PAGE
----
Searching for Sugar Man tells the true story of Sixto Rodriguez, an unassuming Detroit musician whose politically charged songs transformed him into a dissident hero in apartheid-era South Africa, even as fame and fortune eluded him back home. Swedish director Malik Bendjelloul’s feature-length debut spends its first half describing the mythology that arose in South Africa around this Mexican American singer-songwriter, and then delves — with surprising results — into the mystery of his sudden disappearance from the world stage.
Rodriguez was really big in South Africa. Just how big was he? “Much bigger than the Rolling Stones,” his South African distributor says matter-of-factly. Back home, one of his first U.S. producers hailed Rodriguez, the son of Mexican immigrant parents, as a “prophet.” His critically acclaimed songs invariably led to comparisons with Bob Dylan. So how was it that this outstanding artist bombed commercially in the States and was oblivious to his mega success overseas?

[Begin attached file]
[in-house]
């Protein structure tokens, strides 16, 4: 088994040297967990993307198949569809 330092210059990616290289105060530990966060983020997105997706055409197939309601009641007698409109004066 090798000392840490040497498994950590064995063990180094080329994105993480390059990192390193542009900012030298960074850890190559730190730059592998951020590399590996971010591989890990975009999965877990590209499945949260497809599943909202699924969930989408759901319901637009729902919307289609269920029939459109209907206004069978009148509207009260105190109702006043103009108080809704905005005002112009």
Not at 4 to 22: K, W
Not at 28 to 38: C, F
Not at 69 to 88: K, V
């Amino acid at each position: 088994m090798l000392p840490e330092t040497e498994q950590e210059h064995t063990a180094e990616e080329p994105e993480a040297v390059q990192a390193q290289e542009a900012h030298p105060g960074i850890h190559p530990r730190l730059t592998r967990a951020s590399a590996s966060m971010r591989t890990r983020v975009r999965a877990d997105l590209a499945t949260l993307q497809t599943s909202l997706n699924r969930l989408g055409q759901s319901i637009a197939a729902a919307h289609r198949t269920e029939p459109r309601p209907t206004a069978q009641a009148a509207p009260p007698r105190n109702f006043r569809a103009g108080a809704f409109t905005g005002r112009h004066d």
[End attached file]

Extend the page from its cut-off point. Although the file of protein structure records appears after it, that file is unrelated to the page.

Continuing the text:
Bendjelloul starts the story in the late sixties, when Rodriguez was playing guitar in dusty Detroit clubs, keeping a characteristically low profile. The power of his voice and his songs eventually drew the attention of talent scouts. A local label, Sussex Records, invited him to sign a two-album contract.
Rodriguez’s first album, Cold Fact (1970), was praised by critics but never took off in America. Released in South Africa a year later, however, it struck a chord with young Afrikaners living under the country’s system of apartheid.
To maintain a radical segregation by race, the white-supremacist regime then in power brutally suppressed any form of dissent and heavily censored popular music and other media. (It would be another five years after Cold Fact was released that South Africans were introduced to television for the first time.) The apartheid state immediately saw Rodriguez’s music as a threat. Its censors physically scratched out the grooves of one of his tracks on the imported LPs of Cold Fact. The song? “This Is Not a Song, It’s an Outburst: Or, the Establishment Blues,” which halfway through makes its politics deadly plain: “This system’s gonna fall soon, to an angry young tune / And that’s a concrete cold fact.”